HOUSTON – Repeat bronchoalveolar lavage should be considered for tailoring the duration of antibiotic therapy and for reassessing resistance profiles in patients with ventilator-associated pneumonia from infection with non–lactose fermenting gram-negative bacilli.
New clinical evidence endorses prolonged antibiotic therapy in these patients. Importantly, the findings also indicate that these patients have persistent primary infections, rather than recurrent infections, as has been previously suggested, Dr. Gina R. Shirah reported at Annual Congress of the Society for Critical Care Medicine.
The distinction between persistent and recurrent infection is important, she emphasized, as the former may signal drug resistance in some patients. For this reason, repeat bronchoalveolar lavage (BAL) should be considered during therapy, both to tailor duration of antibiotics and reassess for changes in resistance profiles.
The American Thoracic Society recommends an 8-day antimicrobial treatment protocol for ventilator-associated pneumonia (VAP) but advises a longer course of therapy in patients with non–lactose fermenting gram-negative rods (NLF-GNR), which include Pseudomonas aeruginosa, Acinetobacter baumannii, and Stenotrophomonas maltophilia (Am. J. Respir. Crit. Care Med. 2005;171:388-416). The recommendation is based on the findings of a pioneering randomized study by the PneumA Trial Group that showed 8-day treatment to be as effective as 15-day treatment except in a subgroup of patients with NLF-GNR, in whom they observed higher recurrence rates (JAMA 2003;290:2588-98).
Dr. Shirah and her fellow researchers at the Maricopa Integrated Health System in Phoenix, including lead investigator Dr. Tammy Kopelman, conducted a study that indicates 8-day antibiotic regimens were associated with persistent primary infections, not recurrent infections, in patients with gram-negative bacilli.
The researchers retrospectively studied patients at a level I trauma center admitted over a 4½-year time period. They examined data for all ventilator-associated pneumonia patients who were diagnosed via bronchoalveolar lavage – and who underwent subsequent BAL during the antimicrobial treatment course. Based upon initial BAL pathogen, the patients were classified into two groups: those with NLF-GNR and those with all other pathogens, including Enterobacteriaceae, methicillin-resistant Staphylococcus aureus, and community-acquired Haemophilus spp, methicillin-sensitive S. aureus, and Streptococcus spp. They were then further divided based on whether the repeat BAL was conducted within fewer than 8 days of appropriate antibiotic therapy or at day 8 or later, Dr. Shirah said. "Persistent primary infection was defined as a less than 2-log 10 decrease of the initial species on subsequent bronchoalveolar lavage," she explained.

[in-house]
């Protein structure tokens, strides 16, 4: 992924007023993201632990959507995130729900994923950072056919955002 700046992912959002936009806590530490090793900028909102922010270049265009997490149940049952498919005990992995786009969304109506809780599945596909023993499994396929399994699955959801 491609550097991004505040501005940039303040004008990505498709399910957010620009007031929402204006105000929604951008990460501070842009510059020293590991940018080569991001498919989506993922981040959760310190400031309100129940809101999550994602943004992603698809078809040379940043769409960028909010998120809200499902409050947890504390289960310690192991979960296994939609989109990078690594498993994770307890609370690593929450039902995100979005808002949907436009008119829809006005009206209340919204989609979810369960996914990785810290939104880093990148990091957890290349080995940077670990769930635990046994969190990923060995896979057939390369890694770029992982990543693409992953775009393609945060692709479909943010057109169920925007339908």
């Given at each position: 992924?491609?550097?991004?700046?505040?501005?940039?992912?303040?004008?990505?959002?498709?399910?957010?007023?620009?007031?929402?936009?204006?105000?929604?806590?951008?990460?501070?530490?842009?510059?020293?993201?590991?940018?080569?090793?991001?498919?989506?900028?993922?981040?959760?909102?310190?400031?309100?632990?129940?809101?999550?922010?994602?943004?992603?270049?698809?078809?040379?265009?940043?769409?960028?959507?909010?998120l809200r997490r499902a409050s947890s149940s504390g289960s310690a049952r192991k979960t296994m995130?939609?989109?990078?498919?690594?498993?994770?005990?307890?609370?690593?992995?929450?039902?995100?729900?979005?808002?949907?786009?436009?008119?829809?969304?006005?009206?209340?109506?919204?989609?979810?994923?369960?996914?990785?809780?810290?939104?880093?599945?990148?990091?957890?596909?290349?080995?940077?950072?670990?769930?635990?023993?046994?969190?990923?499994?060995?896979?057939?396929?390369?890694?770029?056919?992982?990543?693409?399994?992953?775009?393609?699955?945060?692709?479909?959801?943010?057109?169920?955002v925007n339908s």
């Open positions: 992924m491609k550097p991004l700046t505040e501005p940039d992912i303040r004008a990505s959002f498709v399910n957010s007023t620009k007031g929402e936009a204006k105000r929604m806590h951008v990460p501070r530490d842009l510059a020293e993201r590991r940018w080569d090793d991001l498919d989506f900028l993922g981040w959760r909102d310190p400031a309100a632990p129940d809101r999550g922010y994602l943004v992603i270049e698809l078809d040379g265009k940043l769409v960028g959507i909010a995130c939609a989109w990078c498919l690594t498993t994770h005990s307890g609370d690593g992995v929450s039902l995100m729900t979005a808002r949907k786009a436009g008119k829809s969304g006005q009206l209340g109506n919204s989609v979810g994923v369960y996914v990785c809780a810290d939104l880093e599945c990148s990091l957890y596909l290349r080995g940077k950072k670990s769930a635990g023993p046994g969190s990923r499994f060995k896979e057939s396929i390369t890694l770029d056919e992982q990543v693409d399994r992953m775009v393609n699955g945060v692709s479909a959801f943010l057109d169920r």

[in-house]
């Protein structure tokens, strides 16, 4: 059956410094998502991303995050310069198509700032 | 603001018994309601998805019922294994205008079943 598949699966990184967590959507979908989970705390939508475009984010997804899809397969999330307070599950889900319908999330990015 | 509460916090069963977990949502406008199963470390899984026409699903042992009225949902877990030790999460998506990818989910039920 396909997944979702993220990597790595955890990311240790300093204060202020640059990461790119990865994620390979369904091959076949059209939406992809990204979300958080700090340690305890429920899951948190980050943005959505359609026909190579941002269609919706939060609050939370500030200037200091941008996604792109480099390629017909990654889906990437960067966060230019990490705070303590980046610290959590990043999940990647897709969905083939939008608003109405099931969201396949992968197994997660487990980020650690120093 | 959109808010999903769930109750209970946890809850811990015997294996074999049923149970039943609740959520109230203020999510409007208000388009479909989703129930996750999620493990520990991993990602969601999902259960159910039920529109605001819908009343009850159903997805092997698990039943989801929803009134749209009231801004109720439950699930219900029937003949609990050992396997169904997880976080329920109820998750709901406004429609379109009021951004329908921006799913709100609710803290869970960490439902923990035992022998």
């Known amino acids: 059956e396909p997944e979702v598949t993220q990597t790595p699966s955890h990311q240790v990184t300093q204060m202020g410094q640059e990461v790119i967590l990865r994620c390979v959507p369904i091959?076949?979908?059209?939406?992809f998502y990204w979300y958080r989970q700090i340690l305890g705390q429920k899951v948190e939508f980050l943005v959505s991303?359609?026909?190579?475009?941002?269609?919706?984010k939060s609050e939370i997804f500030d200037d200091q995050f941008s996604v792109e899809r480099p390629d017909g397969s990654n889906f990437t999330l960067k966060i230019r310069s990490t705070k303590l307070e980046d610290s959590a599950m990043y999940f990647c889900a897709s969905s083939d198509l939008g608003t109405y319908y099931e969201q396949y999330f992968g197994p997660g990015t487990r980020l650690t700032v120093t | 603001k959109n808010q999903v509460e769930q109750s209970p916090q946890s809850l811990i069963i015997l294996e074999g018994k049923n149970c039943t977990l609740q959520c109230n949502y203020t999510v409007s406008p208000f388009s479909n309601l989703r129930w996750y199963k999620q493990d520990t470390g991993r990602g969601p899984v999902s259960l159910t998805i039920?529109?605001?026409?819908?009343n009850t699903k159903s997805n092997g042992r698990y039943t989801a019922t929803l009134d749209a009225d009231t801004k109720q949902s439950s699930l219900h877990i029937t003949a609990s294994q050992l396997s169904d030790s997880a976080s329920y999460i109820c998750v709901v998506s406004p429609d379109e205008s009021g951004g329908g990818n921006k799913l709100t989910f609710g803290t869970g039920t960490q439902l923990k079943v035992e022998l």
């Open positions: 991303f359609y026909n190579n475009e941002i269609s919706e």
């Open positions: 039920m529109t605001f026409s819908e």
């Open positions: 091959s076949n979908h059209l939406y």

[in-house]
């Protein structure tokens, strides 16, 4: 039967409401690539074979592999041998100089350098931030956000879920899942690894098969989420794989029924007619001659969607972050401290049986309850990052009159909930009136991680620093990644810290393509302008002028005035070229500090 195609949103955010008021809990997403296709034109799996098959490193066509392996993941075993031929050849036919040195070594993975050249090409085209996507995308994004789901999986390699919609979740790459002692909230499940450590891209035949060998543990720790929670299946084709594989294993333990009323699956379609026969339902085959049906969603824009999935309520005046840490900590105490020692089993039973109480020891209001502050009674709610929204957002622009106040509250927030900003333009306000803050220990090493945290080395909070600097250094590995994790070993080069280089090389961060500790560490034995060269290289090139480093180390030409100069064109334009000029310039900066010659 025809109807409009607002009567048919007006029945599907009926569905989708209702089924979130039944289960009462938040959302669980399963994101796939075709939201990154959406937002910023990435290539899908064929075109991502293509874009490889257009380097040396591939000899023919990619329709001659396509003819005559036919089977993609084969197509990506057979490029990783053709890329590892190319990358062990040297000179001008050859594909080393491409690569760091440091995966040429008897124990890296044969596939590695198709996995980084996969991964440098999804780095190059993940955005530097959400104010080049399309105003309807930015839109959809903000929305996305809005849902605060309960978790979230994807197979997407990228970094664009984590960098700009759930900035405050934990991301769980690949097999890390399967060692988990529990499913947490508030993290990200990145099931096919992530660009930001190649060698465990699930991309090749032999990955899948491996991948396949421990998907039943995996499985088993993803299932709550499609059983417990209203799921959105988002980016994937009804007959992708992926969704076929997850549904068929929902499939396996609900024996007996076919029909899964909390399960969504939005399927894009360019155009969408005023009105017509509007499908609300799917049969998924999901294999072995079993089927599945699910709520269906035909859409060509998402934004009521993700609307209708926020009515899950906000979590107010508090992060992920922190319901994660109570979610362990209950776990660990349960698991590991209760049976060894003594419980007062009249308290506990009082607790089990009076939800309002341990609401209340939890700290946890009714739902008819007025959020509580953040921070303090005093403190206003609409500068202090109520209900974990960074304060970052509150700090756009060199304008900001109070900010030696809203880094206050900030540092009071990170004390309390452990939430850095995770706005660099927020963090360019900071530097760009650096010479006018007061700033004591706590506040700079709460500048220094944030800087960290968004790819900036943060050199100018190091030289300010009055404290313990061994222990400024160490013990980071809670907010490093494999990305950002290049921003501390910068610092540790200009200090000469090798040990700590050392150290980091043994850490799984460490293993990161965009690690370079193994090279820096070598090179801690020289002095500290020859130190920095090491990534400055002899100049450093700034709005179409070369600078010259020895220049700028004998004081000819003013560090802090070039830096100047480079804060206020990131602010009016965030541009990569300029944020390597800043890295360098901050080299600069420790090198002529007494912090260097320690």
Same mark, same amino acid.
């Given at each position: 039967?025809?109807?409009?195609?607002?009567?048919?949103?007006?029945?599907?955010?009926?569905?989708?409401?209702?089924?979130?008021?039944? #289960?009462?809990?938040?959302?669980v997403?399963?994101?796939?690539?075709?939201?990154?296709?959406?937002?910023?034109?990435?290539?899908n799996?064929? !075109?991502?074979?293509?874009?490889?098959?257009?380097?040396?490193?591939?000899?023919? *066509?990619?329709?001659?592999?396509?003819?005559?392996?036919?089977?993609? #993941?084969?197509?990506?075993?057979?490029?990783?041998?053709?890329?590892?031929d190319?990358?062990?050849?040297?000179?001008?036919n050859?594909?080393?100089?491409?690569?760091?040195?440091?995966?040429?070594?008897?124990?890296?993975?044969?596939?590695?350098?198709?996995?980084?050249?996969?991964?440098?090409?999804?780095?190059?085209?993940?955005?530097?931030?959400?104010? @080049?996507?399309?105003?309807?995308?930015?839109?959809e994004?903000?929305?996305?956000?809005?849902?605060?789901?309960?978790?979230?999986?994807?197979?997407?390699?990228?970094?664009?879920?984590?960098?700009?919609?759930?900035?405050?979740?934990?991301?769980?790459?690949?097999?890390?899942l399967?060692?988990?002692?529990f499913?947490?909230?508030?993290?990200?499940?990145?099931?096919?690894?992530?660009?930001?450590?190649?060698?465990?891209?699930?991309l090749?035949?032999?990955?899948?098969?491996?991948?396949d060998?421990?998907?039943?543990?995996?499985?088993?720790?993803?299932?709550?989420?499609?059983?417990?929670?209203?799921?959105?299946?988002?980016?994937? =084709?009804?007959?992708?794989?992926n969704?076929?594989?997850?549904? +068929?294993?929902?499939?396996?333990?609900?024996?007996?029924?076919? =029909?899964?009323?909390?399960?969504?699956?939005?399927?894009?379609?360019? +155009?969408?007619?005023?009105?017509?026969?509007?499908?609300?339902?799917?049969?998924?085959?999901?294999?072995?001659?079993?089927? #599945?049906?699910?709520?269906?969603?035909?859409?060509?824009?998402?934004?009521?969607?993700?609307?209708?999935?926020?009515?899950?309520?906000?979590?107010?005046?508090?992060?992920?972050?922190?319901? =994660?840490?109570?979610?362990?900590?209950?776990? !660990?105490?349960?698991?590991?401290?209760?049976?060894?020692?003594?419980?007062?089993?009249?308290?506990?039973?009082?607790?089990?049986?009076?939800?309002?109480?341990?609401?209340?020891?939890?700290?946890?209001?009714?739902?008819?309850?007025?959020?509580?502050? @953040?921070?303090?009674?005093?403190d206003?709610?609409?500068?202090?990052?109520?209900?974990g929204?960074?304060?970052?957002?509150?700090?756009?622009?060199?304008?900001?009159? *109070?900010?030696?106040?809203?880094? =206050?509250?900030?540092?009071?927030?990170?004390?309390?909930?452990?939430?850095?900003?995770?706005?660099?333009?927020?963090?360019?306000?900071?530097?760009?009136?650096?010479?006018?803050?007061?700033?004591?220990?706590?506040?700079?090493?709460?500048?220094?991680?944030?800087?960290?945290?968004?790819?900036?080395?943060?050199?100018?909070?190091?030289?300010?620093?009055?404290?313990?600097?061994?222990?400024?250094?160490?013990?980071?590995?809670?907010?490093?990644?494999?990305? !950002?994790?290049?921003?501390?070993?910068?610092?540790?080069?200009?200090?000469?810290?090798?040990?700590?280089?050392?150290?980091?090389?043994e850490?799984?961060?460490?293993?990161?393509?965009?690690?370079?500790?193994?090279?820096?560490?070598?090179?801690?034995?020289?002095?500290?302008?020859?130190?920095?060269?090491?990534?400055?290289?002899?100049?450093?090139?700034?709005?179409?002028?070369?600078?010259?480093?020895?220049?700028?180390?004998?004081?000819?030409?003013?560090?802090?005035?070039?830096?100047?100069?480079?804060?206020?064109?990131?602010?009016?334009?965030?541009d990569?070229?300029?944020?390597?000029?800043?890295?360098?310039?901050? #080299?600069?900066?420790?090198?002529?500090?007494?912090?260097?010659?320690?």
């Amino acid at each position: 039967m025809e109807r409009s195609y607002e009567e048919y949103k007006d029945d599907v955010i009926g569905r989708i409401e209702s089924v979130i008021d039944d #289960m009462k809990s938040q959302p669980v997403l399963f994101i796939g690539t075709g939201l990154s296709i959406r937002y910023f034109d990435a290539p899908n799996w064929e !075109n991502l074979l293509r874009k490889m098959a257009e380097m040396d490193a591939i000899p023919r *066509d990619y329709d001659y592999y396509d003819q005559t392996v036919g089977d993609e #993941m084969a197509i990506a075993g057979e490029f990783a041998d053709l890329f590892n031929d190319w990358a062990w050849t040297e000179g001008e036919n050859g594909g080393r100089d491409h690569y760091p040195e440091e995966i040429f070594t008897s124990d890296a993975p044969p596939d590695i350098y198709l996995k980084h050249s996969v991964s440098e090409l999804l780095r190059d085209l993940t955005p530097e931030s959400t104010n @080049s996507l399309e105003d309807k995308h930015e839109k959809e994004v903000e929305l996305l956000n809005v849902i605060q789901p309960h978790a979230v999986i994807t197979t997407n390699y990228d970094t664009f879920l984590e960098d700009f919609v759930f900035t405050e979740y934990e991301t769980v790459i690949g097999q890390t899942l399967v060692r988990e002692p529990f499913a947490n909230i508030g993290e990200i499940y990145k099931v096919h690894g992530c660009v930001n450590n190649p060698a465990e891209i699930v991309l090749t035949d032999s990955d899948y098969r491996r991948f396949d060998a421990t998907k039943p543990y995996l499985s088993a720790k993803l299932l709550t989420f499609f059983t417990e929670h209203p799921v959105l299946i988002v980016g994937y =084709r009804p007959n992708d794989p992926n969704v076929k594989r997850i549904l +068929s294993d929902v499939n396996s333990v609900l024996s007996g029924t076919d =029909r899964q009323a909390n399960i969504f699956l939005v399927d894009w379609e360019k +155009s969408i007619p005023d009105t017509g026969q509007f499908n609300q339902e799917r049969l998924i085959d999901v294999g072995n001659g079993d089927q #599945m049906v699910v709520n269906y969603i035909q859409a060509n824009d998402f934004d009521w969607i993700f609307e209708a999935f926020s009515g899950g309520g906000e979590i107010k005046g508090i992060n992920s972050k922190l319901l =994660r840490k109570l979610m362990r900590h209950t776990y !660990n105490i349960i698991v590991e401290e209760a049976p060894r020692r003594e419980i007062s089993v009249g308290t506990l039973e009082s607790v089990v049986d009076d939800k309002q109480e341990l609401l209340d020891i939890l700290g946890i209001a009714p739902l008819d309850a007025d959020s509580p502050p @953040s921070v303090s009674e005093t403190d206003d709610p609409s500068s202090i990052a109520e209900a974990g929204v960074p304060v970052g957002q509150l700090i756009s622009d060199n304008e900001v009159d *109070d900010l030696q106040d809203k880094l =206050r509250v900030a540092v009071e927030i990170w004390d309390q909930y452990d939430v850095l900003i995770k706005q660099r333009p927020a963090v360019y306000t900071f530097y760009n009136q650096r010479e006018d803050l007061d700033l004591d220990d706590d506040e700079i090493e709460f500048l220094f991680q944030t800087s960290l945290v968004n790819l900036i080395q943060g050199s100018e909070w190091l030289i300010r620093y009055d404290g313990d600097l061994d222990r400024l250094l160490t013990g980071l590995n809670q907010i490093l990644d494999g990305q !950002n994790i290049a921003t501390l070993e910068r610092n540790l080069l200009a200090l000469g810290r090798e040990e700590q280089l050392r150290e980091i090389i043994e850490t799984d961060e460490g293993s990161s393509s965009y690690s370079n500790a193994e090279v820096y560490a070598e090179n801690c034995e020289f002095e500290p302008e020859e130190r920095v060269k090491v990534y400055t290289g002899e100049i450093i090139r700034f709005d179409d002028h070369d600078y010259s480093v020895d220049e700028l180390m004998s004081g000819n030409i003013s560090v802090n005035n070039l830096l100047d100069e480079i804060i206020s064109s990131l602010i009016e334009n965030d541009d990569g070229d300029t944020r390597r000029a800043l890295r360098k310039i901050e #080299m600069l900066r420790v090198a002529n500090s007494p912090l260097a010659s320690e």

Of the 77 surgical intensive care unit patients who met the study criteria, 99% received appropriate empiric therapy, said Dr. Shirah. The average subsequent BAL performance was on day 7 (range, 3-14 days), with 37 patients undergoing the procedure after 8 days of therapy; of those, 13 patients were in the NLF-GNR group. Within that group, persistent primary infection after more than 8 days of appropriate antimicrobial therapy was reported in nine of the patients (69%) – seven with P. aeruginosa and two with A. baumannii.
By comparison, only two patients in the second group (8%) – both with Enterobacteriaceae – had evidence of persistent primary infection, representing a statistically significant difference, she said. "Importantly, in the [NLF-GNB] group, 56% of the pathogens obtained on repeat BAL remained sensitive to the treatment antibiotics, so nearly half of the patients required alternative antibiotic treatment."
The investigators also sought to determine whether persistent infection could have been predicted. They separated patients into three groups based on treatment status: treated (microbiologic cure on subsequent BAL); persistently infected antimicrobial sensitive; and persistently infected antimicrobial resistant. A comparison of clinical parameters across the groups showed that although there was some variation in white blood cell count, temperature, and ventilator needs "none of the differences were statistically significant," and thus not predictive of short-course treatment success or persistent infection, Dr. Shirah said.
The data strongly support the conclusion that a shortened course of antibiotics in patients with VAP caused by NLF-GNR will frequently lead to a persistent primary infection, said Dr. Shirah, noting that, in the case of NLF-GNR, "changes in antibiotic profiles are common and without reliable clinical indicators." For this reason, she stressed, repeat BAL should be considered during therapy, both to tailor duration of antibiotics and to reassess for changes in resistance profiles.
"Eight days is simply not enough," Dr. Shirah said.
On behalf of her coinvestigators and herself, Dr. Shirah reported no conflicts of interest with respect to this study.